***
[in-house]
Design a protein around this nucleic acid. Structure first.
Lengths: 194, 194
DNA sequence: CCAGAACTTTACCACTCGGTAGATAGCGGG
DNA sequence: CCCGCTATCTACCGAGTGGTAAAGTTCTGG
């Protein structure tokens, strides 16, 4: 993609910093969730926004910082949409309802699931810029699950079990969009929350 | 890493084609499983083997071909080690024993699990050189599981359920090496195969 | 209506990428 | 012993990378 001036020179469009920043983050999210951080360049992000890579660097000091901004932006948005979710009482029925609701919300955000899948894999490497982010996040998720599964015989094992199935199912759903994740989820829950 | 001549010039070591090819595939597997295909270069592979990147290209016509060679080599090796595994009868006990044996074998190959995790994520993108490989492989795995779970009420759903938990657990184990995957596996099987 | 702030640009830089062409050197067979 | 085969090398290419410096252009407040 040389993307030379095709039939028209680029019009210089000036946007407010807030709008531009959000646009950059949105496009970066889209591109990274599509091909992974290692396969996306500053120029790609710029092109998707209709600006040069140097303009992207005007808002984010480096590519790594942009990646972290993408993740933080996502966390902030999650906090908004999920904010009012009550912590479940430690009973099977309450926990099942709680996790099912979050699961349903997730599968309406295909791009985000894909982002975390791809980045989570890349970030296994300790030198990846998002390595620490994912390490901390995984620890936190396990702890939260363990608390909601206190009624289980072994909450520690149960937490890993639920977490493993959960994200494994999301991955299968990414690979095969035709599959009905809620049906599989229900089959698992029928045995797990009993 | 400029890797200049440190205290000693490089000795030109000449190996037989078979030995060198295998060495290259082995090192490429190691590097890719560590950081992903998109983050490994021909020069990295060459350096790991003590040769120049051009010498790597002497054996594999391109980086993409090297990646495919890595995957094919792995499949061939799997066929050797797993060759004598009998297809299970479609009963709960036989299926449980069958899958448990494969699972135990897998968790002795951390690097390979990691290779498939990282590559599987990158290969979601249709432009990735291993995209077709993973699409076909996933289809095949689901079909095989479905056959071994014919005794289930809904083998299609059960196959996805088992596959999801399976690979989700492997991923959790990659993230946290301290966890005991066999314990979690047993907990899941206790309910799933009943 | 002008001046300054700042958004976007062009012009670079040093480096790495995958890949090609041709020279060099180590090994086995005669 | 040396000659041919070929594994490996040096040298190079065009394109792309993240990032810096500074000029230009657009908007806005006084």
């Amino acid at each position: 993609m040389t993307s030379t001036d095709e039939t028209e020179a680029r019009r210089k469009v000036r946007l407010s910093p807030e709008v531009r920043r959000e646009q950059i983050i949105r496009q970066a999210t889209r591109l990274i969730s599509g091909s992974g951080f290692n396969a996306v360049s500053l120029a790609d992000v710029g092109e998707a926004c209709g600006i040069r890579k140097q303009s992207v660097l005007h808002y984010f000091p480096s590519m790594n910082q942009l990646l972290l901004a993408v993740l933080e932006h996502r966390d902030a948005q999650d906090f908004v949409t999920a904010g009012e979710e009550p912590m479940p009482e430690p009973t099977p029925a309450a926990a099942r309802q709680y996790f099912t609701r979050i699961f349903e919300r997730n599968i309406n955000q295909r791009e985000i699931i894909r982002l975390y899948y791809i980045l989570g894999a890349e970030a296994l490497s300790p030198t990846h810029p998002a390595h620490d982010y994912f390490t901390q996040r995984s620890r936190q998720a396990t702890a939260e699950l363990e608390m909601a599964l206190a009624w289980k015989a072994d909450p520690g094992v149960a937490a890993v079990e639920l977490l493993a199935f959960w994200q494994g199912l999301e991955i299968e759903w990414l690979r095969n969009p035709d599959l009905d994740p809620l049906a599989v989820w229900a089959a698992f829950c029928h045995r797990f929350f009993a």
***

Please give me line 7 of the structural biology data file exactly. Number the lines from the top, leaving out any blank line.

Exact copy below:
């Amino acid at each position: 993609m040389t993307s030379t001036d095709e039939t028209e020179a680029r019009r210089k469009v000036r946007l407010s910093p807030e709008v531009r920043r959000e646009q950059i983050i949105r496009q970066a999210t889209r591109l990274i969730s599509g091909s992974g951080f290692n396969a996306v360049s500053l120029a790609d992000v710029g092109e998707a926004c209709g600006i040069r890579k140097q303009s992207v660097l005007h808002y984010f000091p480096s590519m790594n910082q942009l990646l972290l901004a993408v993740l933080e932006h996502r966390d902030a948005q999650d906090f908004v949409t999920a904010g009012e979710e009550p912590m479940p009482e430690p009973t099977p029925a309450a926990a099942r309802q709680y996790f099912t609701r979050i699961f349903e919300r997730n599968i309406n955000q295909r791009e985000i699931i894909r982002l975390y899948y791809i980045l989570g894999a890349e970030a296994l490497s300790p030198t990846h810029p998002a390595h620490d982010y994912f390490t901390q996040r995984s620890r936190q998720a396990t702890a939260e699950l363990e608390m909601a599964l206190a009624w289980k015989a072994d909450p520690g094992v149960a937490a890993v079990e639920l977490l493993a199935f959960w994200q494994g199912l999301e991955i299968e759903w990414l690979r095969n969009p035709d599959l009905d994740p809620l049906a599989v989820w229900a089959a698992f829950c029928h045995r797990f929350f009993a």